Stop shortening Qayqayt to QQ!

The newest school in New Westminster is École Qayqayt Elementary School. Qayqayt refers to the Qayqayt First Nation, the only registered First Nation in Canada without a land base.

On February 23, 2016 the New Westminster School Board approved a policy to acknowledge the traditional territory of the Qayqayt First Nation, making this the typical first item on the agenda for School Board meetings:

The New Westminster School District recognizes and acknowledges the Qayqayt First Nation, as well as all Coast Salish peoples, on whose traditional and unceded territories we live, we learn, we play and we do our work.

That’s outstanding and commendable. It’s beyond time that we acknowledge that the lands we live and work and play on were not ceded to us by the First Nations people. It’s a time of newfound respect for those who lived and worked the land before Europeans initially settled our area.

So that’s why I really don’t like it when people shorten Qayqayt to QQ. Groups that should really know better, like the Qayqayt Parent Advisory Community, whose website is “” and Twitter handle is @2QQPAC. Seriously, “” and “QayqaytPAC” are still available!

I’ve heard from one Qayqayt parent that they shorten it because Qayqayt is difficult to spell. Hey now, that’s a pile of hot mess. Take the five seconds to learn Q-A-Y-Q-A-Y-T. Seriously, it is the very least you could do.

It’s high time for everybody to show a little respect to the Qayqayt First Nation and stop shortening Qayqayt to QQ.

Education Minister tours NWSS

BC Education Minister Mike Bernier recently toured New Westminster Secondary School at the invitation of New Westminster MLA Judy Darcy. NWSS is scheduled to be replaced, and Darcy invited Bernier to show him the deplorable conditions in the school.

“NWSS is in bad shape,” Darcy said. “It’s really put New Westminster on the map, and we want to make sure that the new school reaches new heights in shoddiness to keep New Westminster in focus.”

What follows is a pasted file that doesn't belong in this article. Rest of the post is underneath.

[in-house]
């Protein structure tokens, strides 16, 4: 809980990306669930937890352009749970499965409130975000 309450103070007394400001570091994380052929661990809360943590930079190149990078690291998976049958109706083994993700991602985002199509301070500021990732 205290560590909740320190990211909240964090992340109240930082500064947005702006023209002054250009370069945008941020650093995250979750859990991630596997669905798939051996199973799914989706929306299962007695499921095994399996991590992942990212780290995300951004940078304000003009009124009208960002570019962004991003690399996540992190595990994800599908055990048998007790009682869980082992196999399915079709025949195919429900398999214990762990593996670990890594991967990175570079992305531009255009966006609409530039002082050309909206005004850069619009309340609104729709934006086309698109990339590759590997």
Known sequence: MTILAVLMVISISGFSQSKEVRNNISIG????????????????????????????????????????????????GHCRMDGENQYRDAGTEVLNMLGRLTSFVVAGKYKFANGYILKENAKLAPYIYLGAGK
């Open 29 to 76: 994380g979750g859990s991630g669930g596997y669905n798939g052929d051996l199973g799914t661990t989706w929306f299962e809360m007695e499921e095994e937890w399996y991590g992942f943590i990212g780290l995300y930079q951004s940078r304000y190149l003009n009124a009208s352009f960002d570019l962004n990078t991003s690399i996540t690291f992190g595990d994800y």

NWSS principal Phil Cookson pointed out different areas of concern. “As you can see, we have droppings here,” he told Bernier near a crawl space under the Massey wing. “If we can get the Ministry to build the new school in such a way that we attract more rats to our school, we can turn NWSS into the ideal location to study hantavirus and other airborne diseases. Researchers from around the world will flock to NWSS, which will help inspire our children in the future.”

Cookson also highlighted the secondary benefits of the run-down school.

“Any time we have a leak in a pipe, we have to have a hazmat crew come in,” he said. “This helps keep high-paying jobs in the community, teaches our children about safety and disaster planning, and gives our children ideas about jobs in the future. We are also investigating internships with New Westminster Fire & Rescue Services and local water damage restoration and remediation companies.”

School board chair Jonina Campbell was cautiously optimistic.

“Getting the new high school has been a focus of the school board for a number of years. By upgrading NWSS’s dangerous and unteachable state, we hope to keep this issue in the community for years to come so we have something to talk about during the next election.”